Shortly after my play The Children premiered this past spring at The Theatre @ Boston Court, an incredible thing happened: I got a job copywriting. Thirty hours a week. A permanent writing gig I could count on, and one that would afford me less financial worry so that I could be a playwright who doesn’t stress about making ends meet. No more stringing together teaching gigs and commissions and odd jobs to make a steady income. The last time I felt that good? When I got a call from Boston Court saying they wanted to produce the world premiere of my play.
We hear it a lot about playwriting—that there’s no money in it. Whether or not that’s actually true, I had the opportunity to talk about this issue recently when I met with a young playwright, a senior at Northwestern University’s Creative Writing for the Media Program, who wanted to pick my brain about how I’ve managed to make it as a career playwright.
But first: let’s try and define make it. I, like a lot of playwrights, struggle. I struggle to write, and to write well. I struggle to get productions, workshops, grants, commissions, and more. Like hundreds of other playwrights, I spend days putting together applications to get into conferences, festivals, and residencies. And, like hundreds of other playwrights, I receive many more rejection letters than congratulatory calls.
Second: let’s define career. If you mean a reliable paycheck—nope (see above). If you mean health benefits or financial security—not a chance. If you mean a profession that steadily moves forward, increasing in stature and scope and visibility… possibly… depends… could happen one day. As writers, so much is out of our control.
In 2010, New York magazine ran a brief piece on Bruce Norris (and his then-new play Clybourne Park) that’s always haunted me. To this day, I remember it vividly thanks to the number $19,000. This was how much Mr. Norris said he earned the year before. Earned. All year. This, from an acclaimed and brilliant writer, who’s had plays produced across the world. To me, this announcement was not only a brave thing to declare publicly, it was a revelation. After Todd London and Ben Pesner’s incredibly insightful Outrageous Fortune, David Dower’s years of field study… there it was again, in bold print. In New York magazine. A monetary truth exposed.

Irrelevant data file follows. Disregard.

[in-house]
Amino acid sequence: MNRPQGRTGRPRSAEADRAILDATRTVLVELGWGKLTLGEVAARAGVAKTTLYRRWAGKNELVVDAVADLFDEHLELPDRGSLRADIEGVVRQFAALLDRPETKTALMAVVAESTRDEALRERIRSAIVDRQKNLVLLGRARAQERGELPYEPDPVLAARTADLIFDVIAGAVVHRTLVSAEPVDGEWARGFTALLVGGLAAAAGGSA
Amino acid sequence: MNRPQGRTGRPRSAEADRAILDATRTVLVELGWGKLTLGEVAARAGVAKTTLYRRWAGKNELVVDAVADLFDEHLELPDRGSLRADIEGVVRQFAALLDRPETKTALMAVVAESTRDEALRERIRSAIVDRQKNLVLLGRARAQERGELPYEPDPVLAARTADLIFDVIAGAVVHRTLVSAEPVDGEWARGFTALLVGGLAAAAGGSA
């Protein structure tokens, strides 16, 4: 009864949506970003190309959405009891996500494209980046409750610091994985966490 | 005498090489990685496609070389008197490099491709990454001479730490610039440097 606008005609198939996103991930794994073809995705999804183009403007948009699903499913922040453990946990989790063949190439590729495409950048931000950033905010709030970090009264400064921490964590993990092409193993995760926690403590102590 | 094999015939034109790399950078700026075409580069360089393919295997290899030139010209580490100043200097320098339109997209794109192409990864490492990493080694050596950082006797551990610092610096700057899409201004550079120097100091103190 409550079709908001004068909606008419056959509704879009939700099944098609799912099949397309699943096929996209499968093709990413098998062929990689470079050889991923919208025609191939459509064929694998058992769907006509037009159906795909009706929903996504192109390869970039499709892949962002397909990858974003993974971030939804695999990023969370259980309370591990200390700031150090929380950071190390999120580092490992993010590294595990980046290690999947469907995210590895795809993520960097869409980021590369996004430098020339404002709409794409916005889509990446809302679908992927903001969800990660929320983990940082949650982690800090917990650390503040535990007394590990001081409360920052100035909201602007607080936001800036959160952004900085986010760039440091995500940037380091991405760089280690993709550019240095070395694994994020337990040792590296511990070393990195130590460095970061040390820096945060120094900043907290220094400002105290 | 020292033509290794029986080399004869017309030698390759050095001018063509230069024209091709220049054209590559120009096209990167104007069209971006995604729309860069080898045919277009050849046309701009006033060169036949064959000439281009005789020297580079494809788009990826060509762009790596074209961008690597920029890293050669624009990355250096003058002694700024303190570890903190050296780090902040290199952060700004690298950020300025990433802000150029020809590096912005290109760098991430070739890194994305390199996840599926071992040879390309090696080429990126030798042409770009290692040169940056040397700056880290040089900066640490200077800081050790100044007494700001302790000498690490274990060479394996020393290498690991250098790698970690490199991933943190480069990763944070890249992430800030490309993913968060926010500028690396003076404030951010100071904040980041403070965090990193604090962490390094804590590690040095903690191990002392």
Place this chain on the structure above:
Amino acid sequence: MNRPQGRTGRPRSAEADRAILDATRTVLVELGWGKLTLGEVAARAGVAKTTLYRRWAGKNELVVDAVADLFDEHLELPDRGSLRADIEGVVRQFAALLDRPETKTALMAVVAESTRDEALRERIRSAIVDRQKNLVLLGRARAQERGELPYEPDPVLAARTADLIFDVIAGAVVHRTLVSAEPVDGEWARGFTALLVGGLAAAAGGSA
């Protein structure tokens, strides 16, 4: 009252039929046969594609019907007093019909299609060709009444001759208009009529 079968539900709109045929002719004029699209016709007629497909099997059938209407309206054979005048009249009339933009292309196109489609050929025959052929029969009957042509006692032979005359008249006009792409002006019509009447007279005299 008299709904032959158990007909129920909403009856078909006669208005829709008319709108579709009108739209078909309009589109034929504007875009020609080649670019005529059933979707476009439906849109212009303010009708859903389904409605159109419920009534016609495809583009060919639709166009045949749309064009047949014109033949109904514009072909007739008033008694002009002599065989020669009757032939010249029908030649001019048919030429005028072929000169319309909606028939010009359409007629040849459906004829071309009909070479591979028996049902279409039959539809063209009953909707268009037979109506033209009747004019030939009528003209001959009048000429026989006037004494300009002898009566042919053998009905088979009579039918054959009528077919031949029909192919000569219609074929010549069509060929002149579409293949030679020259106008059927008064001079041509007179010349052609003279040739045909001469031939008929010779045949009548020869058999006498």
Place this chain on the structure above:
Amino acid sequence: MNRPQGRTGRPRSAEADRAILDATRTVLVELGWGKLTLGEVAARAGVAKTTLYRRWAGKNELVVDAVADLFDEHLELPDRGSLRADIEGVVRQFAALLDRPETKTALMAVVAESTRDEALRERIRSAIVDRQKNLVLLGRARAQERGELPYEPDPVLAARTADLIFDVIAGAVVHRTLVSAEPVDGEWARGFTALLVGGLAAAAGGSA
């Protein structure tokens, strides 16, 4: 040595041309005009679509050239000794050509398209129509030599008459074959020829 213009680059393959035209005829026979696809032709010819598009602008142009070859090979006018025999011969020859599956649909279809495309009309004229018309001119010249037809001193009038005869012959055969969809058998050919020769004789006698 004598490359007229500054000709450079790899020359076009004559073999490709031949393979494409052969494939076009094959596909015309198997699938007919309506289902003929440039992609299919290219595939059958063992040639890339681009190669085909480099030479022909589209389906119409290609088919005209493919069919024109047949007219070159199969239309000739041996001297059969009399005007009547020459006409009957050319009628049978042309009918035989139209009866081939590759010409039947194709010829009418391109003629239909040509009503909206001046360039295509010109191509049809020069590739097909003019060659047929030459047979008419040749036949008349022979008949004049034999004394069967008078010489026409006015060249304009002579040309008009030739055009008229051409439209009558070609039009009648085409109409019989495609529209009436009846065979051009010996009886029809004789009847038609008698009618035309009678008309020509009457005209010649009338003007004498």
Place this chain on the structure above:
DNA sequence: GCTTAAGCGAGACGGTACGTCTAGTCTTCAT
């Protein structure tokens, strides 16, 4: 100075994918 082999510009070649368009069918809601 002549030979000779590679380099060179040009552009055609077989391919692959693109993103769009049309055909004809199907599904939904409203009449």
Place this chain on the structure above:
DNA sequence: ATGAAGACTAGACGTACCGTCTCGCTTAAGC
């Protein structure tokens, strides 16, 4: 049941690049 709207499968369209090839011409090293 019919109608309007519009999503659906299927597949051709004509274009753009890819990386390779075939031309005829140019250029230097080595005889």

It is indeed the rare playwright who gets to announce playwriting as a job, a real-life, full-time gig.
And I know this, I do. I knew it going into this field. And still, when this Northwestern student sincerely asked me “Is it worth it?” I found myself nostalgic for the days when I used to immediately answer that question with an unqualified, urgent, booming Yes. But these days, with a kid and a husband and responsibilities and more, my answer has grown in complexity. And, especially with young playwrights, I want to share open and honestly about where I am today with this notion of worth—of value.
Half of the time, and especially in a country where The Arts (and arts programs) are in a constant struggle for survival, my belief that the value of art trumps the value of cash remains unshaken. But then, the other half of the time, when the mail comes in and my school loans are due or my son needs a filling that isn’t covered by insurance…well, that’s where things get complicated. At what cost are we choosing to live the lives of playwrights? Or artists?
“Is playwriting worth it?” My answer to this student was: financially? For where I am today, right now? No. But… in almost every other aspect: yes. Playwriting is worth it. But why? With the amount of energy I spend on writing, the time away from my family, the funds I shell out to attend readings and workshops in other states with no guarantee of production, no guarantee that if I do get a production another one’s coming along, what is the value of playwriting? Or better yet, what can’t I put a price on?